We Americans have been warned over and over again that the national debt is more than an unpleasant reality and a political talking point. It has very real ramifications. Recently, they became painfully apparent.
Treasury Department officials revealed that demand for U.S. government securities - that is, bonds - fell by a record amount during the past few weeks.
In December the amount of U.S. securities held by foreign governments dropped by $53 billion. China led in dumping U.S. debt, reducing its holdings by $34.2 billion.
That will make it more expensive for the government to market its bonds.Investors will demand higher interest rates, and that will make servicing the debt more expensive.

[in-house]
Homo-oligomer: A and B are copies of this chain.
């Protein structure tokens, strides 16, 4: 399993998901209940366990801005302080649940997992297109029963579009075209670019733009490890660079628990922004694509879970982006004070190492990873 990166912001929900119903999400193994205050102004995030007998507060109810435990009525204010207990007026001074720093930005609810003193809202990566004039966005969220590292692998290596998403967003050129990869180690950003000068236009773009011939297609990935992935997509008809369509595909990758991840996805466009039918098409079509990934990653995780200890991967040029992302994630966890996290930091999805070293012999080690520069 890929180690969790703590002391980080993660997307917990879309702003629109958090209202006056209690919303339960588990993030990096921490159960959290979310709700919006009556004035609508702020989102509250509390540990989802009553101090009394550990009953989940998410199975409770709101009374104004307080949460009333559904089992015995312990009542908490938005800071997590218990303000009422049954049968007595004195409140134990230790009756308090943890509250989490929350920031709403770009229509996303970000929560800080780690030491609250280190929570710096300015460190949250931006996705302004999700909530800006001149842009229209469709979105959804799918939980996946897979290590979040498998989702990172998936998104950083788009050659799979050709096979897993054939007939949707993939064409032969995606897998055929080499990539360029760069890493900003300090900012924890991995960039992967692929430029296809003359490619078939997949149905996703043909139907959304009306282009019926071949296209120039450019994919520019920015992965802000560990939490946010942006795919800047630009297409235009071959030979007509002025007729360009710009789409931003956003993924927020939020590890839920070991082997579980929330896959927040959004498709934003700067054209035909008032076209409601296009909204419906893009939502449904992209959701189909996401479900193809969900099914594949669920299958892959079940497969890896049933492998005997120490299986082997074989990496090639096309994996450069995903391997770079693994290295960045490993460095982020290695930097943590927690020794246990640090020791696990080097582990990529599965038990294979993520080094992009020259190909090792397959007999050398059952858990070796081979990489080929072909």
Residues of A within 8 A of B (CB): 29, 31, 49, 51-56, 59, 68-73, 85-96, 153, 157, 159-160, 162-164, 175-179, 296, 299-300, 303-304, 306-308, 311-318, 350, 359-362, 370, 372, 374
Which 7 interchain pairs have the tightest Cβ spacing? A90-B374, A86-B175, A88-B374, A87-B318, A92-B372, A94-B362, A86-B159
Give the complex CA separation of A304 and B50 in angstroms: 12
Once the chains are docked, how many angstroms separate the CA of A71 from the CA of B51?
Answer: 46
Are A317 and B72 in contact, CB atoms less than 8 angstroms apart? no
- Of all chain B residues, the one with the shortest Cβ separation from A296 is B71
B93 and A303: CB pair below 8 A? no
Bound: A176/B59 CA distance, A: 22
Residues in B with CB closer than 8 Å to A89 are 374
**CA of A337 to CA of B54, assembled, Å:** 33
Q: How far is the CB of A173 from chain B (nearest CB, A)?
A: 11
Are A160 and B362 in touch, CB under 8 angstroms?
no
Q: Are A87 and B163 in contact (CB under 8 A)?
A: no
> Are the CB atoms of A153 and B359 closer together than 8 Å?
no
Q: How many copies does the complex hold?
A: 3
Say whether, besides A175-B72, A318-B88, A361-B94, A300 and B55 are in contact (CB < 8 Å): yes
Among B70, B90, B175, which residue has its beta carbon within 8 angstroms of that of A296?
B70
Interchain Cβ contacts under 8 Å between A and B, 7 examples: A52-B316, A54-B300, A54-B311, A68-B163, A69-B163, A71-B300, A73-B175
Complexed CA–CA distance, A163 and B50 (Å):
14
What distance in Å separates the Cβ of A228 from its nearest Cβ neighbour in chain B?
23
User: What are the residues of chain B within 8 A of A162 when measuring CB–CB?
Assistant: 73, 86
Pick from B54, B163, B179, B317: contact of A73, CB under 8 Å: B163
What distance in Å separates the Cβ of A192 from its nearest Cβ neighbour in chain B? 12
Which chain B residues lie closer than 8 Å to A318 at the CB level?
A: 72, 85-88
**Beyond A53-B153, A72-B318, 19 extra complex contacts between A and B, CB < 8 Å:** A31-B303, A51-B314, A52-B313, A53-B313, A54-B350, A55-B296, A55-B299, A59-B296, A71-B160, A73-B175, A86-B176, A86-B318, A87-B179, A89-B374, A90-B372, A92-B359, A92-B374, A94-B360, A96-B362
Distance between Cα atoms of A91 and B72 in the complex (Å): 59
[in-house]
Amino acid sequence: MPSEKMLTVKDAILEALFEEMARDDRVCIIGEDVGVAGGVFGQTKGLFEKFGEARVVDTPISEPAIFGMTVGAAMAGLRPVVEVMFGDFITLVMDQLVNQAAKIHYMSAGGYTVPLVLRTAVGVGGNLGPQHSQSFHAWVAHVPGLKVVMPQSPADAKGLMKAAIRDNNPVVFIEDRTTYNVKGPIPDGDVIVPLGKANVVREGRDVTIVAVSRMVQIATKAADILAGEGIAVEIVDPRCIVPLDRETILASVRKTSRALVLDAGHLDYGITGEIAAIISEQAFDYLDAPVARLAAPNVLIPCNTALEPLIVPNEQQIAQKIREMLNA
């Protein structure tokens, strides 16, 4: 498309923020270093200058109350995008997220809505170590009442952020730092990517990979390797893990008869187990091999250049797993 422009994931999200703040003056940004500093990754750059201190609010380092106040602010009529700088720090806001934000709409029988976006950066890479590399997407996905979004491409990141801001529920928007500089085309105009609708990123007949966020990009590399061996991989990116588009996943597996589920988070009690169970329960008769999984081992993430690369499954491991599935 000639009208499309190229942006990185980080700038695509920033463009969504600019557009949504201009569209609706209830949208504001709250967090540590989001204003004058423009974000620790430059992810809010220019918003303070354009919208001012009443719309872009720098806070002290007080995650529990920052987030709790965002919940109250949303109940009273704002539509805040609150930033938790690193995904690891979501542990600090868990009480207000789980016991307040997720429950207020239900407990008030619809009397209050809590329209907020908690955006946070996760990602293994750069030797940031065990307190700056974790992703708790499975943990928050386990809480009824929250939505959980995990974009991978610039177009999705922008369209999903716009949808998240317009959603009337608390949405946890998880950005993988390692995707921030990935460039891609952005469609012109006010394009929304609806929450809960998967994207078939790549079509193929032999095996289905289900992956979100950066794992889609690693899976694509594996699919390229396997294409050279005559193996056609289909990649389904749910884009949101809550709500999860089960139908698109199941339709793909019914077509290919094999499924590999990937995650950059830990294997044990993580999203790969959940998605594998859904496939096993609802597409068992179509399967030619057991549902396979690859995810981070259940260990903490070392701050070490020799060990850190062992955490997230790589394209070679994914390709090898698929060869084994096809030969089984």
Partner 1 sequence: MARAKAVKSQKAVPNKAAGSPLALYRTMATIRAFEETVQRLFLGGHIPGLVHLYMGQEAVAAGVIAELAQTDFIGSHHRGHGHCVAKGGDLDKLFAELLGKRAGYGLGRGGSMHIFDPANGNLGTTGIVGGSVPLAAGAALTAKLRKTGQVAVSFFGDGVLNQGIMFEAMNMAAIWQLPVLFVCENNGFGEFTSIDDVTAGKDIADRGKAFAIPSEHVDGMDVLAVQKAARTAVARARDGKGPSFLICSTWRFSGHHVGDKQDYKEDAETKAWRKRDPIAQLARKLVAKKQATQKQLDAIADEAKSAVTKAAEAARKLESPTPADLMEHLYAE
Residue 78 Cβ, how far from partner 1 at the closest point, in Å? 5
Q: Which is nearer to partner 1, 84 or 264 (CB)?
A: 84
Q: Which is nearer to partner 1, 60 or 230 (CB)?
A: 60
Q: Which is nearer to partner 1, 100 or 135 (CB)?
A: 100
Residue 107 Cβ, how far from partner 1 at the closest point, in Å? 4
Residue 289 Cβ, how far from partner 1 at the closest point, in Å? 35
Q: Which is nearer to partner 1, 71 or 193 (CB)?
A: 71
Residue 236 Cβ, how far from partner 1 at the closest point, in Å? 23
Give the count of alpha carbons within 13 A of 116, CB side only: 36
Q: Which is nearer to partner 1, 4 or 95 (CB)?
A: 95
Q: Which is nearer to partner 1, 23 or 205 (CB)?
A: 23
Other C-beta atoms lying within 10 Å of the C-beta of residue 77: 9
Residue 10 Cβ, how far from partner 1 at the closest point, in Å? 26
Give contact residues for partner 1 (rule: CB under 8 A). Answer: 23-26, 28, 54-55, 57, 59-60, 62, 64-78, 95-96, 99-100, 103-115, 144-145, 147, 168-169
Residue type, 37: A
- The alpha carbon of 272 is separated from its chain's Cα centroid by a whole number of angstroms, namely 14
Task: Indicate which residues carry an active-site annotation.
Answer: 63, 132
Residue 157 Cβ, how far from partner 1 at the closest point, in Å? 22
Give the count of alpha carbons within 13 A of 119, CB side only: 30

It is similar in a way to what happens when, for one reason or another, your credit card company decides to increase the interest rate on your account.
The national debt stands at about $12.4 trillion. It is increasing so rapidly that Congress has been forced to formally set a new debt limit of more than $14 trillion.
As matters stand, there is no reasonable strategy in place to curb the deficit spending that is piling on to the debt.
To the contrary, fiscal irresponsibility during President George Bush's administration seems like the good old days in view of President Barack Obama's plans for record deficits.
Failure to cope with deficit spending is costing us very real money - and will cost us much more in the near future unless real change occurs.